Sunday, March 18, 2012

Unshelving Hope

Over the past week or so, I have been watching the Kony 2012 Saga unfold.

At the onset of everything, when the Invisible Children organization posted up the Kony 2012 video on YouTube, I was intrigued.

I heard the filmmakers talk about the atrocities in Central Africa and how it came to be that they would choose to make such a brilliant piece of propaganda -- a last ditch hope to do bring about change and hope and something that all their previous work was not able to accomplish.

I caught their vision of making Kony a household name to be reviled -- and hopefully that awareness that would bring about the change they so desperately wanted for the people of those afflicted African countries.

The radical idea "that where you live shouldn't determine whether you live."

I raised my fist in solidarity. After all, I too have been affected by the stories of loved ones (namely my father) who have traveled to that part of the world and have witnessed the devastation first-hand. Those stories of peoples lives torn utterly apart -- women and children raped, fathers and brothers maimed and macheted, children stolen from their parents, it was all too much.

I was so haunted by the stories, that a friend and I created a website where we could share what was happening over there and provide a way to help ease their burden.

We were compelled to action.

And that's what happens when you feel something so deeply -- down to the very core of your being.

You have to act.

You cannot help but to move, try, hope, pray, cry...

You are never the same again.

I felt like I got it...what Invisible Children was attempting to do...and I cheered them on.

Then came all the rest....a nightmare of epic proportions.

I'm still in disbelief at how quickly it turned ugly. What began as a groundswell of support and solidarity against evil rapidly spiraled down into a vicious and relentless attack against Invisible Children and those in leadership.

I couldn't believe my eyes at some of the things I was reading....people wishing evil upon those who had worked so hard for a people that were not even "their people." Crazy allegations of cruel intentions and cries of, "who's not in America anyway."

It made me so ashamed to live in this country of hear that last argument as a defense as to why we shouldn't get involved or

Have we really become so cynical and hardened that instead of putting our collective support to make a difference in a world crying out in pain, we immediately start digging for "dirt" and things to smear and invalidate organizations whose sole mission is to bring relief?

The problem with digging for dirt is that in this day and will always find some. Whether it's true or not is another story. I'm pretty sure that somewhere out there on the Net there is some form of criticism or hate for some of history's greatest humanitarians....Mother Teresa, Billy Graham, Martin Luther King, Bill Gates....and more.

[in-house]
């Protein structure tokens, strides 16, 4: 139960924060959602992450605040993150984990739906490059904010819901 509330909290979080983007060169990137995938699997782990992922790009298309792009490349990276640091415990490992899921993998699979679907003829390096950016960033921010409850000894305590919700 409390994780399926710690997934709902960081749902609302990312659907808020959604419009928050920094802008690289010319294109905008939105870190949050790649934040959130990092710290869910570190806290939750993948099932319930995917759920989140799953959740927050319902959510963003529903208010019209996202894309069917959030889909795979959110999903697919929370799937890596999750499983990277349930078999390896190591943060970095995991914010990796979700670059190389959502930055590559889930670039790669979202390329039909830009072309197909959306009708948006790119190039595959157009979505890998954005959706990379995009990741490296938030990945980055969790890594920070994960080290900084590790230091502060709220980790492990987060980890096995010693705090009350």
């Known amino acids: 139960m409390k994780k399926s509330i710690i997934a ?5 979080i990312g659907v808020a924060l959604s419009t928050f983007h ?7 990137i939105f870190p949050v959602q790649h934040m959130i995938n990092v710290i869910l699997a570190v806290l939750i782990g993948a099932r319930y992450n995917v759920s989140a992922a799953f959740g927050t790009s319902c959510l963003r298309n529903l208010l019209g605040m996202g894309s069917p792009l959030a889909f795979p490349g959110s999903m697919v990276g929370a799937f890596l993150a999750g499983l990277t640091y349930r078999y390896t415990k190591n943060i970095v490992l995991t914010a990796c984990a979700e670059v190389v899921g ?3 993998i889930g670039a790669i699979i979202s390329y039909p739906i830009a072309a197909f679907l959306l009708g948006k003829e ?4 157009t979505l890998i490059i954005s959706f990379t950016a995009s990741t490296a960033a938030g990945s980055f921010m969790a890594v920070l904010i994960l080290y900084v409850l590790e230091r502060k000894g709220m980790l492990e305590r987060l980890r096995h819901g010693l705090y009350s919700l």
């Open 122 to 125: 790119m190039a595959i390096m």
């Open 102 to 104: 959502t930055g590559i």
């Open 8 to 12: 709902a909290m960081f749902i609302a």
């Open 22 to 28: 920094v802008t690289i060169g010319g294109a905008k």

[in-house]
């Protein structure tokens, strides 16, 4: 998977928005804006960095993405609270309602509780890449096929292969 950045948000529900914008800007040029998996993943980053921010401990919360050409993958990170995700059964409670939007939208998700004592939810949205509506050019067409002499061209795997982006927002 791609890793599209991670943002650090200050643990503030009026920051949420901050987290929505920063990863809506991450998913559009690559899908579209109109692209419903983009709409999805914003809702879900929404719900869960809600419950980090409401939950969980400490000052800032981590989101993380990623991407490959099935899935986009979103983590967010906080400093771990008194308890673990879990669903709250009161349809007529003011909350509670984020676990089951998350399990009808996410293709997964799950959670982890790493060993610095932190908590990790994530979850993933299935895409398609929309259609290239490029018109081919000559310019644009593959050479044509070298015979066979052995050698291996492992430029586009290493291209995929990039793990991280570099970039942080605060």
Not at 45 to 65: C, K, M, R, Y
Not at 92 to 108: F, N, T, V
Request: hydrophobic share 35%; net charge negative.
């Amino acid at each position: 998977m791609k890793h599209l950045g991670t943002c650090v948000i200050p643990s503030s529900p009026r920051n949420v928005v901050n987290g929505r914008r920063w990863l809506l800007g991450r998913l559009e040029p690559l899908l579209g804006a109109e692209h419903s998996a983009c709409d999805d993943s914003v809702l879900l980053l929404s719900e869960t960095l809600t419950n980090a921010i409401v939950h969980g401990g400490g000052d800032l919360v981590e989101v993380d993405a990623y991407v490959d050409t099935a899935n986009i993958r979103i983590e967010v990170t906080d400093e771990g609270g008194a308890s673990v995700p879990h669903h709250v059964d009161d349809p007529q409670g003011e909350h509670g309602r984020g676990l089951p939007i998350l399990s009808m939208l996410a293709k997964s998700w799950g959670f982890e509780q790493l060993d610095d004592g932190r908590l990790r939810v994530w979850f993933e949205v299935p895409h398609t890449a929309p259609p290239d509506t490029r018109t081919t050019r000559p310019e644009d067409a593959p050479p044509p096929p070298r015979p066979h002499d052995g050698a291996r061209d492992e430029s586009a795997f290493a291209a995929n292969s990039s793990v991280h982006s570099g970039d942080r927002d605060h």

Why is it so much easier for us to spend our time and energy to discredit someone rather than feel the ache and pain of the knowledge that somewhere in Central Africa right now, a young girl is being gang-raped by soldiers because they are convinced that her virginity will cure their AIDS infection? Their imprint on that young girl will be so severe that she will need an operation to surgically repair her genitals so that she can urinate, menstruate...and maybe, just maybe, carry a child someday. However, the odds that she (and her baby) will have AIDS is highly probable.

Did you know that today, there are hospitals filled with women who are waiting to have or have had this fistula repair surgery?

How can a feeling, compassionate person not burn with the sorrow and injustice of  what I just shared with you. I'll tell you how...all you have to do is dig through my life and find something that's ugly and smear it around -- true or not. Then when you believe that I'm awful and sinful and unkind, then you can disbelieve anything that comes out of my mouth. Why? Because I'm not "credible"

I sincerely believe that this is what happened to Jason Russell of Invisible Children. We'll never know the internal conflict going on in his heart and soul (and it's none of our business). But when I first heard of his "breakdown," I felt like I immediately got it.

This scripture verse found in Proverbs 13:12 came to my mind,

"Hope deferred makes the heart sick, but a longing fulfilled is a tree of life."

Defer - to put off until a later time; adjourn, delay, hold off, hold up, postpone, remit, shelve, stay, suspend, table, waive.

I can easily see how Mr. Russell could end up dazed and confused wandering around the streets in disbelief at how quickly his life's mission seems to have gone up in flames.

When you've seen and heard things about the troubles and atrocities of others that are so horrendous it scars you and motivates you to change and do something to help;

when you've invested your life, heart, money and being into it,